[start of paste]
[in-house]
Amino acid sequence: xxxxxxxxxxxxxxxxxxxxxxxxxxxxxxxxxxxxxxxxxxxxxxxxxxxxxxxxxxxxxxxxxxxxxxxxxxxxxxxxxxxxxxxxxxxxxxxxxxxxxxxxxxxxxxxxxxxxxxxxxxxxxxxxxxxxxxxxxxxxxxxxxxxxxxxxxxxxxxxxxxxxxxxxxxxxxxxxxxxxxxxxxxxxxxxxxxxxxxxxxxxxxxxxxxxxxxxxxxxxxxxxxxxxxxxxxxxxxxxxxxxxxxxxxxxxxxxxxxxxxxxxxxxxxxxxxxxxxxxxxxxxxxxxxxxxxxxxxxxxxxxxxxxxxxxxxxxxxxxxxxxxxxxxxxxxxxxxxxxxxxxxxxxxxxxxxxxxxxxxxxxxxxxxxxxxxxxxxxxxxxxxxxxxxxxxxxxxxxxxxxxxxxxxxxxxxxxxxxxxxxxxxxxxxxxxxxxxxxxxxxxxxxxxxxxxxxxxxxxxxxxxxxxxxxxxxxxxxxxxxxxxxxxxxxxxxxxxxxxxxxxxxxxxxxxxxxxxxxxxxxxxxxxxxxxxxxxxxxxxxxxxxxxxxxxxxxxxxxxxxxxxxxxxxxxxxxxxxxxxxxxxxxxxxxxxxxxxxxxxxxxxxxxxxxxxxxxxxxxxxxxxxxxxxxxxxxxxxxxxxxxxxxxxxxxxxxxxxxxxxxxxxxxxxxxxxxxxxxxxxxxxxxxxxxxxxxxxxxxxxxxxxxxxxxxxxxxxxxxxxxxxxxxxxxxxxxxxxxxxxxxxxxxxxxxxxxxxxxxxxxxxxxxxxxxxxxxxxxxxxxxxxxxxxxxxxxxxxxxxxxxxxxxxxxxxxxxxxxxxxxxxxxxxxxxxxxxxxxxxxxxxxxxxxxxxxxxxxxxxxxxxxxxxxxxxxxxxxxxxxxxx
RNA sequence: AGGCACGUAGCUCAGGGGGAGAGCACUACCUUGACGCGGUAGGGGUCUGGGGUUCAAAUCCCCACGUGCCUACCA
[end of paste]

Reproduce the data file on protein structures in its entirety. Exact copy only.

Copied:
[in-house]
Amino acid sequence: xxxxxxxxxxxxxxxxxxxxxxxxxxxxxxxxxxxxxxxxxxxxxxxxxxxxxxxxxxxxxxxxxxxxxxxxxxxxxxxxxxxxxxxxxxxxxxxxxxxxxxxxxxxxxxxxxxxxxxxxxxxxxxxxxxxxxxxxxxxxxxxxxxxxxxxxxxxxxxxxxxxxxxxxxxxxxxxxxxxxxxxxxxxxxxxxxxxxxxxxxxxxxxxxxxxxxxxxxxxxxxxxxxxxxxxxxxxxxxxxxxxxxxxxxxxxxxxxxxxxxxxxxxxxxxxxxxxxxxxxxxxxxxxxxxxxxxxxxxxxxxxxxxxxxxxxxxxxxxxxxxxxxxxxxxxxxxxxxxxxxxxxxxxxxxxxxxxxxxxxxxxxxxxxxxxxxxxxxxxxxxxxxxxxxxxxxxxxxxxxxxxxxxxxxxxxxxxxxxxxxxxxxxxxxxxxxxxxxxxxxxxxxxxxxxxxxxxxxxxxxxxxxxxxxxxxxxxxxxxxxxxxxxxxxxxxxxxxxxxxxxxxxxxxxxxxxxxxxxxxxxxxxxxxxxxxxxxxxxxxxxxxxxxxxxxxxxxxxxxxxxxxxxxxxxxxxxxxxxxxxxxxxxxxxxxxxxxxxxxxxxxxxxxxxxxxxxxxxxxxxxxxxxxxxxxxxxxxxxxxxxxxxxxxxxxxxxxxxxxxxxxxxxxxxxxxxxxxxxxxxxxxxxxxxxxxxxxxxxxxxxxxxxxxxxxxxxxxxxxxxxxxxxxxxxxxxxxxxxxxxxxxxxxxxxxxxxxxxxxxxxxxxxxxxxxxxxxxxxxxxxxxxxxxxxxxxxxxxxxxxxxxxxxxxxxxxxxxxxxxxxxxxxxxxxxxxxxxxxxxxxxxxxxxxxxxxxxxxxxxxxxxxxxxxxxxxxxxxxxxxxxx
RNA sequence: AGGCACGUAGCUCAGGGGGAGAGCACUACCUUGACGCGGUAGGGGUCUGGGGUUCAAAUCCCCACGUGCCUACCA